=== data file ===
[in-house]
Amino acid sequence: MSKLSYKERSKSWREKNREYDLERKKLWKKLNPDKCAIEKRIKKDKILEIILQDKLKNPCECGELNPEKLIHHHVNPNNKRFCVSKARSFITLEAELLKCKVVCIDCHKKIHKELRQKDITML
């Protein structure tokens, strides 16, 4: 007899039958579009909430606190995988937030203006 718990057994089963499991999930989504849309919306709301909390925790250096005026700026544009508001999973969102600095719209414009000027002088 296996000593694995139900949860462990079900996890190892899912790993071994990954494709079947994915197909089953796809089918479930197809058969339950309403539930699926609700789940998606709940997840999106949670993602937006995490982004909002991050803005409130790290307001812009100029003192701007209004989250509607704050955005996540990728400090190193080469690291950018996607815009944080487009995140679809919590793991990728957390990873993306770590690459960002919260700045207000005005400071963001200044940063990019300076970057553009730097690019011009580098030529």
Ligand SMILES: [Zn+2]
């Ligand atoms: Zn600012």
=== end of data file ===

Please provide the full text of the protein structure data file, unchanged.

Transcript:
[in-house]
Amino acid sequence: MSKLSYKERSKSWREKNREYDLERKKLWKKLNPDKCAIEKRIKKDKILEIILQDKLKNPCECGELNPEKLIHHHVNPNNKRFCVSKARSFITLEAELLKCKVVCIDCHKKIHKELRQKDITML
């Protein structure tokens, strides 16, 4: 007899039958579009909430606190995988937030203006 718990057994089963499991999930989504849309919306709301909390925790250096005026700026544009508001999973969102600095719209414009000027002088 296996000593694995139900949860462990079900996890190892899912790993071994990954494709079947994915197909089953796809089918479930197809058969339950309403539930699926609700789940998606709940997840999106949670993602937006995490982004909002991050803005409130790290307001812009100029003192701007209004989250509607704050955005996540990728400090190193080469690291950018996607815009944080487009995140679809919590793991990728957390990873993306770590690459960002919260700045207000005005400071963001200044940063990019300076970057553009730097690019011009580098030529």
Ligand SMILES: [Zn+2]
């Ligand atoms: Zn600012």